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For more than four decades, the world-renowned author, activist and scholar Angela Davis has been one of most
influential activists and intellectuals in the United States. An icon of the 1970s black liberation movement, Davis’ work around issues of gender, race, class and prisons has influenced critical thought and social movements across several generations. She is a leading advocate for prison abolition, a position informed by her own experience as a fugitive on the FBI’s top 10 most wanted list more than 40 years ago. Davis, a professor emerita at University of California, Santa Cruz, and the subject of the recent documentary, "Free Angela and All Political Prisoners," joins us to discuss prison abolition, mass incarceration, the so-called war on drugs, International Women’s Day, and why President Obama’s second term should see a greater wave of activism than in his first. Watch Part 2 of this interview.
This is a rush transcript. Copy may not be in its final form.
JUAN GONZÁLEZ: The struggle to overhaul the criminal justice system in the United States has reached a pivotal moment. From the Obama administration’s push to reform harsh and racially biased sentencing for drug offenses to the recent decision by New York state to reform its use of solitary confinement, there is a growing momentum toward rethinking the system. But new battles have also emerged, like the fight over Stand Your Ground laws in states like Florida, where a number of recent court cases have highlighted the issue of racial bias in the court system. Marissa Alexander, an African-American woman of color who fired what she says was a warning shot into a wall near her abusive husband, is facing up to 60 years in prison at her retrial. Michael Dunn, who shot and killed an African-American teenager in a dispute over loud music in the same state of Florida, is facing a minimum of 60 years for attempted murder, but the jury failed to convict him of the central charge in the case: the murder of Jordan Davis, a case that, for many, recalled the shooting of Trayvon Martin by George Zimmerman.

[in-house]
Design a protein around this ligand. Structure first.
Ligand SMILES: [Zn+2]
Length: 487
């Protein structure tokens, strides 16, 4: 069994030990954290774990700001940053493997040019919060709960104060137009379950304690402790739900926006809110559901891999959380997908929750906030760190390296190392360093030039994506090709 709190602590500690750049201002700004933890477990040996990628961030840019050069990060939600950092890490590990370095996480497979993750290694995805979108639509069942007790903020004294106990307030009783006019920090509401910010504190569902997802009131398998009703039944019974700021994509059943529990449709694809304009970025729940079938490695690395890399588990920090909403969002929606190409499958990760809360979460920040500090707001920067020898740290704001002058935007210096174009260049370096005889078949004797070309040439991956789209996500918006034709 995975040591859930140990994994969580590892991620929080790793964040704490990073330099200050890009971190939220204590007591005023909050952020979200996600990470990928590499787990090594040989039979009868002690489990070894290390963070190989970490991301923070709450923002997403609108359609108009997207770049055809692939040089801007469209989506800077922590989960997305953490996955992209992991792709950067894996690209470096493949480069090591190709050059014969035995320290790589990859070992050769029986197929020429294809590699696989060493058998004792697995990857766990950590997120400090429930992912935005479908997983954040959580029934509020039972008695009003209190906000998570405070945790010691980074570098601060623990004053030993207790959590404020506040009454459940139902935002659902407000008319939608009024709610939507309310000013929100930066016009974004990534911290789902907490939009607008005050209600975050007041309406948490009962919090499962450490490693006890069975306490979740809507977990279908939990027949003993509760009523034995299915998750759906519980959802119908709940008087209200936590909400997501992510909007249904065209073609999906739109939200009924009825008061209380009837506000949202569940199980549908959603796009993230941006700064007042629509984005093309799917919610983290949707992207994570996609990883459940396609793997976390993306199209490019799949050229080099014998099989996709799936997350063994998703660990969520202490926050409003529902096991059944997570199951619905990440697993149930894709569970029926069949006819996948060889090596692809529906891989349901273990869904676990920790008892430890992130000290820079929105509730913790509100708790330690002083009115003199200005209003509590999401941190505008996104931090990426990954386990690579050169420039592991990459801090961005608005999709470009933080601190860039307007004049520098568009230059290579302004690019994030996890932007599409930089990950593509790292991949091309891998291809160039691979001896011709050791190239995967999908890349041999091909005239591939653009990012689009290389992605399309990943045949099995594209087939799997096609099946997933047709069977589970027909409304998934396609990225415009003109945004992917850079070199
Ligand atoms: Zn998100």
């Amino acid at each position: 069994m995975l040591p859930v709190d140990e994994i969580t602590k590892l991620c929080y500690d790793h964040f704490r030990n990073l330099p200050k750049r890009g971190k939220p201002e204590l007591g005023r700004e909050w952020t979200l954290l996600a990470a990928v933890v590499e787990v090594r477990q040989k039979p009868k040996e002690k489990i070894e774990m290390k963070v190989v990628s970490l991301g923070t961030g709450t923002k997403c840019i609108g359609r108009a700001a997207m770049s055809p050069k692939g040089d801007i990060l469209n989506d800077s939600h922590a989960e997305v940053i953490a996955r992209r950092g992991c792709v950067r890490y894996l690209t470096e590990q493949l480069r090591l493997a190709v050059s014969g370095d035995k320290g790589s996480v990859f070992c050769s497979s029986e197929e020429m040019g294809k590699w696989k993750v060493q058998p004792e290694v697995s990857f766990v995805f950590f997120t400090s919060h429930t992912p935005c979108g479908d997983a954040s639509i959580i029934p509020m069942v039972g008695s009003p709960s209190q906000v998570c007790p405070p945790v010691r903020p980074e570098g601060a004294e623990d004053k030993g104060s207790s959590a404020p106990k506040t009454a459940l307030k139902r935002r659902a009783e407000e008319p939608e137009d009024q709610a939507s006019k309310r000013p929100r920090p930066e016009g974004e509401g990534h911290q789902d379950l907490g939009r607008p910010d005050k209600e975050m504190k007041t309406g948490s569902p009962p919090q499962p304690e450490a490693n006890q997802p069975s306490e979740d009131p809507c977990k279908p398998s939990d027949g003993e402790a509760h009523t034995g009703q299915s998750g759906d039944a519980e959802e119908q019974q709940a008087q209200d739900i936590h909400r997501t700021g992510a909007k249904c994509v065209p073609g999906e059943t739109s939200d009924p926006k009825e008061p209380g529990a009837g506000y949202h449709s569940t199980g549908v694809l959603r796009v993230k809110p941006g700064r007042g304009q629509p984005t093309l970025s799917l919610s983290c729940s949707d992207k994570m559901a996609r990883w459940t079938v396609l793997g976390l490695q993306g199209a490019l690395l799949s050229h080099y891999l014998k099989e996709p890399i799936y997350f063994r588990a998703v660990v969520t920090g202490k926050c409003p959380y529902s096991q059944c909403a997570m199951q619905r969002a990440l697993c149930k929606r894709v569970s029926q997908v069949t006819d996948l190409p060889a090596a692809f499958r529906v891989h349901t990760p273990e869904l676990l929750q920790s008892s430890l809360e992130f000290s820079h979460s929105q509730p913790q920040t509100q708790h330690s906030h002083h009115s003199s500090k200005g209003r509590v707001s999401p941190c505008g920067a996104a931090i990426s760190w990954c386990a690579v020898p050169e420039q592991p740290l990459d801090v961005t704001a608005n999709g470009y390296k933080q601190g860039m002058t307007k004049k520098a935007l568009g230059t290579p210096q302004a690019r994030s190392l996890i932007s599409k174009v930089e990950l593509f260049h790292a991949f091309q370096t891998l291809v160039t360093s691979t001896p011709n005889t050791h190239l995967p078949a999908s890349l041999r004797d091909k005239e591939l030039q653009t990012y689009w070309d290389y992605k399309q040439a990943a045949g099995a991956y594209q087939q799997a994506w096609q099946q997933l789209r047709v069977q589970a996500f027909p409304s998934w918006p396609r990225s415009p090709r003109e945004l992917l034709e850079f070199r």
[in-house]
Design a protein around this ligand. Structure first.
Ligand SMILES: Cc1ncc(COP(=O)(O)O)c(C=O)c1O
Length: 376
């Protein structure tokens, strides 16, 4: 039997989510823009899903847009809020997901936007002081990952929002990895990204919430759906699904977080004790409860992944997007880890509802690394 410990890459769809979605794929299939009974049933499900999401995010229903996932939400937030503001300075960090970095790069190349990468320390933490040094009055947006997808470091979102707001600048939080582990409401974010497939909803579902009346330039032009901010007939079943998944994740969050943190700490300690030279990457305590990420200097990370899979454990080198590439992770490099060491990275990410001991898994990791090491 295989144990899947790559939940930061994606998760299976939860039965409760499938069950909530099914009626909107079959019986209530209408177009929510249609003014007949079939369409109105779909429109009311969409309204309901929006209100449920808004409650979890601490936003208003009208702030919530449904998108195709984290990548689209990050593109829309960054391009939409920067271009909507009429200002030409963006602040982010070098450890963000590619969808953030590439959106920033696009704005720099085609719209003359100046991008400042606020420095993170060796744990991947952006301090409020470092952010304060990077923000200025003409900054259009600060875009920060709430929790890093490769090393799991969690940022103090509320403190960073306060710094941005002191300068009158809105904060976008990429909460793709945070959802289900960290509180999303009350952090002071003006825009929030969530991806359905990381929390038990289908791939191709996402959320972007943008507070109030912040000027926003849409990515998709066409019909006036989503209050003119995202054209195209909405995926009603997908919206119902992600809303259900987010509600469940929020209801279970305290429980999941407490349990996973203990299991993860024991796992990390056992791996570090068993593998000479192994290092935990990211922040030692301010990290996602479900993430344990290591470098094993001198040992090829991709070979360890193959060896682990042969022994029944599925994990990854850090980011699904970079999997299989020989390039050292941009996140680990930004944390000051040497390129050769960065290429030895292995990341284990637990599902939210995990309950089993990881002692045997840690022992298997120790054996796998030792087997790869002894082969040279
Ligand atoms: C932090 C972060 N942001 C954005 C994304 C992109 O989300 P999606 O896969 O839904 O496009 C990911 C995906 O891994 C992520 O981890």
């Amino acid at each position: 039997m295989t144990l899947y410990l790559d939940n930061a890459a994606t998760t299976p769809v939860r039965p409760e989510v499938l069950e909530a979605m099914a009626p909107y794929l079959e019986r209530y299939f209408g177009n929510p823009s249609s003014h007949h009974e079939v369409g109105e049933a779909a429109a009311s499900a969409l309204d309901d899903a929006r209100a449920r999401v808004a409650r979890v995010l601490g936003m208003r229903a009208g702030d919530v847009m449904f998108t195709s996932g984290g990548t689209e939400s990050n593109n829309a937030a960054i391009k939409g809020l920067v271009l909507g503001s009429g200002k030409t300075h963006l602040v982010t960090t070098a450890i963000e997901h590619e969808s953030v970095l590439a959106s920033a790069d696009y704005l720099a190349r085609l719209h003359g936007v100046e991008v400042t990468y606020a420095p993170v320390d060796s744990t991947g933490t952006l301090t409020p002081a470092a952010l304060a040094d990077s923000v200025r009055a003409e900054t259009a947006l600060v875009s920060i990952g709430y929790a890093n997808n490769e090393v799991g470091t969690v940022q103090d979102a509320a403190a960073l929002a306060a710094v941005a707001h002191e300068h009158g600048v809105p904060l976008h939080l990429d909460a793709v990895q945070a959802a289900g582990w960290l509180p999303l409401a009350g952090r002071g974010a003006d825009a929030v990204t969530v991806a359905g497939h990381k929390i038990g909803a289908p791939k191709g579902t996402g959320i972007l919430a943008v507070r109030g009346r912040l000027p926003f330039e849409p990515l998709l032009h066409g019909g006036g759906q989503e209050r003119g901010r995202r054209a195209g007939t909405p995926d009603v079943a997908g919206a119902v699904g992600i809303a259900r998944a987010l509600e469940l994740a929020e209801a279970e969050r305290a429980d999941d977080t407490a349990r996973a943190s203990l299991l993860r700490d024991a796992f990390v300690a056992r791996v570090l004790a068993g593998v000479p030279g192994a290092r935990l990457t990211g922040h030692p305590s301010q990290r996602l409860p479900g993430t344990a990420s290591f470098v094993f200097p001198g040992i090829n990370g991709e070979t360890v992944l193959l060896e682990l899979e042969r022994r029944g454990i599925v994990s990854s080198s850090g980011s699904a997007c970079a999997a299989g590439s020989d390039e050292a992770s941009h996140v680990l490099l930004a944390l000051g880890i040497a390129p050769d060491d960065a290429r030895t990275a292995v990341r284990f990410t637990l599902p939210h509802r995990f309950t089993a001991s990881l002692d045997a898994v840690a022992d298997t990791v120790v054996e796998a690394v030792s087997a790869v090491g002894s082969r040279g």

AMY GOODMAN: To talk more about these issues, we spend the rest of the hour with the world-renowned author, activist, scholar, Angela Davis, professor emerita at the University of California, Santa Cruz. For over four decades, she has been one of the most influential activists and intellectuals in the United States. She’s speaking here in New York on Friday at the Beyond the Bars conference up at Columbia University.
It’s great to have you here, Angela.
ANGELA DAVIS: Thank you, Amy. Thank you. Thank you, Juan.